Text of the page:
Ex parte Secombre. also that the public be protected from incompetent and vicious practitioners. 843. and . 285. 565. those lacking in sufficient learning. the court said in part: In the case of Ex parte Garland. Ed. Grattan." Without such attorneys at law the judicial department of government would be hampered in the performance of its duties. so far as our investigation reveals. 18 L. the authorities are well-nigh unanimous that the power to admit attorneys to the practice of law is a judicial function. Cas. St. Ex parte Garland.W. and the statement Page 7 of 43    . adequate learning and sound moral character. admitted as such by its order. 162 N. 13." He becomes an "officer of the court". 180 NE 725. 19 L.E. Rep. It has always been the general practice in this country to obtain this evidence by an examination of the parties. This arises from the need of enlightened assistance to the honest. Ed. 19 How. 519. 565. 470. However. 53. Ed. It is an inherent power of such a department of government ultimately to determine the qualifications of those to be admitted to practice in its courts. for assisting in its work. 15 L. Hanson vs. the Supreme Court of Massachusetts. in People ex rel.R. is regarded as sufficient evidence of the possession of the requisite legal learning. 115 P. 572. 18 L. 90 A. 9. that it rests exclusively with the court to determine who is qualified to become one of its officers. Jur. as are other proceedings invoking judicial action. 82. both in this country and England. and to protect itself in this respect from the unfit. In this court the fact of the admission of such officers in the highest court of the states to which they.exercise the power of appointment when it is in pursuance of a legislative functions. The power of admitting an attorney to practice having been perpetually exercised by the courts. 4 Wall. Randall vs. C.15 L. Ed. 1021. whose opportunity for doing mischief is wide.like the court itself. as an attorney and counselor. 646. It was said by Cardoz. Ed. 83 N. belong for. 4 Wall. It is highly important." One is admitted to the bar "for something more than private gain. 60 A. 242 N. and restraining authority over the knavish. Admission to the bar is accomplish and made open and notorious by a decision of the court entered upon its records. no matter where the power to determine the qualifications may reside. and for what cause he ought to be removed. attorneys receive their formal license to practice law by their admission as members of the bar of the court so admitting.R. except New Jersey (In re Reisch. "It has been well settled. 333. Admission to practice as an attorney at law is almost without exception conceded to be a judicial function. 366. 20 Ann. In all of the states. Karlin vs. 130 Am. 471. 413. Danforth vs. Petition to that end is filed in courts. litigant.A. upon evidence of their possessing sufficient legal learning and fair private character. 34 L. respectively. 456. 54 NE 646). and those not possessing good moral character. in answering a consultation of the Senate of that State. holding the test oath for attorneys to be unconstitutional. Chief Justice Taney stated succinctly and with finality in Ex parte Secombe.L. and an attempt as this on the part of the Legislature to confer such right upon any one being most exceedingly uncommon. 451) In that same year of 1932. 7 Wall. 23 S. by the rules and practice of common-law courts. Brigham. 851: "Membership in the bar is a privilege burden with conditions. explained the nature of the attorney's office as follows: "They are officers of the court. an instrument or agency to advance the end of justice. Culkin. three years preceding their application. 487. (p. 333. That has been the history of attorneys under the common law. 9. D. 489. it seems clear that the licensing of an attorney is and always has been a purely judicial function. 366.727) In the case of Day and others who collectively filed a petition to secure license to practice the legal profession by virtue of a law of state (In re Day.Y. it having been so generally held that the act of the court in admitting an attorney to practice is the judgment of the court. 12). 43.L. said: It is indispensible to the administration of justice and to interpretation of the laws that there be members of the bar of sufficient ability. the court. 19 How.J. The establishment by the Constitution of the judicial department conferred authority necessary to the exercise of its powers as a coordinate department of government." (p. 119 N. Egan. Eq.. Cor. 1030. His cooperation with the court is due "whenever justice would be imperiled if cooperation was withheld. 48 Kan.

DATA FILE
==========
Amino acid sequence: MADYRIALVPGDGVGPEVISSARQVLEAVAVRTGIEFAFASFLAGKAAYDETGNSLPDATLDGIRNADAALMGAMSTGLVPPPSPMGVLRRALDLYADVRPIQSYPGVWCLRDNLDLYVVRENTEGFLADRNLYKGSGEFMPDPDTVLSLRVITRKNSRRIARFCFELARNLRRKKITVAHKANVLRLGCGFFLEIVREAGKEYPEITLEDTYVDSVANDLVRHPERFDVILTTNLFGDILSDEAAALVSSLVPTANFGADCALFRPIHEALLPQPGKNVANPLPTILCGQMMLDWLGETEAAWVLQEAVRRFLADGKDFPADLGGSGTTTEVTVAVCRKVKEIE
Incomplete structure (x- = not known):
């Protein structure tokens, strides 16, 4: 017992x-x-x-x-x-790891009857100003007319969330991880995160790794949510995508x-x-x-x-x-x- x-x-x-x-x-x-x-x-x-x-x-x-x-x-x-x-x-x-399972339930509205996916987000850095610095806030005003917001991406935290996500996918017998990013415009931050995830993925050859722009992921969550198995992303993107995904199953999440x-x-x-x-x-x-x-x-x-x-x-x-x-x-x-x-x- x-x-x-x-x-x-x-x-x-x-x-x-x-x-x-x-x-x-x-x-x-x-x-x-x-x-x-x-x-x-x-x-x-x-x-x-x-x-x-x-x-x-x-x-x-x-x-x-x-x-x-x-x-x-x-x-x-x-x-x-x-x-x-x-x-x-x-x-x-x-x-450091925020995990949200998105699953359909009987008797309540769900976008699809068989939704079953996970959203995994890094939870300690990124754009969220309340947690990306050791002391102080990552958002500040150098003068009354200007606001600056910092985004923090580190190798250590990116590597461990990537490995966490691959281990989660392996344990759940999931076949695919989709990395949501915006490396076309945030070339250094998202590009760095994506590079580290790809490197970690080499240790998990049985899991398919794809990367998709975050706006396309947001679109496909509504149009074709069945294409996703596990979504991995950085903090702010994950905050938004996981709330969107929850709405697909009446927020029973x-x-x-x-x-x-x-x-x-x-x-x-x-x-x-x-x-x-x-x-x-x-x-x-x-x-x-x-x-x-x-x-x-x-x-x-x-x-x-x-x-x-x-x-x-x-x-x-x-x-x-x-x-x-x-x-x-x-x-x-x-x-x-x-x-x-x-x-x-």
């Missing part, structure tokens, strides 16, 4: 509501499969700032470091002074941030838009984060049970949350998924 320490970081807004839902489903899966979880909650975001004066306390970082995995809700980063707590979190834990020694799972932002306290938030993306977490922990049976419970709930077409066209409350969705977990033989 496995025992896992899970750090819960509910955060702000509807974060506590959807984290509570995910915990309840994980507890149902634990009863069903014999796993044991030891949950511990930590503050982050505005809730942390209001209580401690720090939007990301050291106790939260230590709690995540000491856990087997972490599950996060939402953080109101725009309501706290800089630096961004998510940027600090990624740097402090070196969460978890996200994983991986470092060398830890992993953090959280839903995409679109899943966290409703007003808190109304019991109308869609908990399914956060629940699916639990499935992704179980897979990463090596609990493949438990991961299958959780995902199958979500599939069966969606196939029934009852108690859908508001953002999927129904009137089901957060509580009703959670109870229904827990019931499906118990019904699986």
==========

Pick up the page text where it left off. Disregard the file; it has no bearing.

said that court. and the latter. 229. and is an inherent power of the court. concerning the admission to the practice of law. The judiciary cannot consent that its province shall be invaded by either of the other departments of the government. Any attempt on the part of any of these departments would be a clear usurpation of its functions. See Annotation on Power of Legislature respecting admission to bar. Re Cooper 22 N. be admitted in mass to the practice of law. Brydonjack. The distinction between the functions of the legislative and the judicial departments is that it is the province of the legislature to establish rules that shall regulate and govern in matters of transactions occurring subsequent to the legislative action. 650-651). 102 Wash. it is a judgment — a judgment revoking those promulgated by this Court during the aforecited year affecting the bar candidates concerned. State Bar of California. "are not only officers of the court.L. and are entitled to appear as such and conduct causes therein.S. Y. R.C. vs. is no valid argument. a general average of 70 per cent without falling below 50 per cent in any subject. The order of admission is the judgment of the court that the parties possess the requisite qualifications as attorneys and counselors. that may be so. and this opinion need not be burdened with citations in this point. That the Constitution has conferred on Congress the power to repeal. It was so held by the court of appeals of New York in the matter of the application of Cooper for admission. article VIII of the Constitution provides: Page 8 of 43    . and has been so held in numerous cases. admission or their exclusion is not the exercise of a mere ministerial power. 472. alter or supplement the rule promulgated by this Tribunal. It is the exercise of judicial power. 192. Constitutional Law. 1018. Admission to the practice of law is the exercise of a judicial function. with propriety. They hold their office during good behavior. the disputed law is not a legislation. p. and can only be deprived of it for misconduct ascertained and declared by the judgment of the court after opportunity to be heard has been afforded. for justifiable reasons. On this matter there is certainly a clear distinction between the functions of the judicial and legislative departments of the government. it is no less certain that only this Court. 81.. but officers whose duties relate almost exclusively to proceedings of a judicial nature. and are responsible to it for professional misconduct. 65.of counsel moving their admission sufficient evidence that their private and professional character is fair. be entrusted to the court. — Re Bruen. A. while the judiciary determines rights and obligations with reference to transactions that are past or conditions that exist at the time of the exercise of judicial power. ordering the discharge of offenders. "Attorneys and Counselors".J. From its entry the parties become officers of the court. the following pertinent portions: Admission to practice of law is almost without exception conceded everywhere to be the exercise of a judicial function. If the legislature cannot thus indirectly control the action of the courts by requiring of them construction of the law according to its own views. and hence their appointment may. 172 Pac. We quote from other cases. or directing what particular steps shall be taken in the progress of a judicial inquiry. Section 13." (pp. 906. it is very plain it cannot do so directly. as is the case with the law in question. In decreeing the bar candidates who obtained in the bar examinations of 1946 to 1952. Admission to practice have also been held to be the exercise of one of the inherent powers of the court. by settling aside their judgments. in performing his duty. Ex parte Hoyfron. 1512. may very justly considered as engaged in the exercise of their appropriate judicial functions. — 16 C. — Cooley's Constitutional Limitations. and the distinction is a vital one and not subject to alteration or change either by legislative action or by judicial decree. 281 Pac. and although this Court certainly can revoke these judgments even now. and not the legislative nor executive department. compelling them to grant new trials. — A.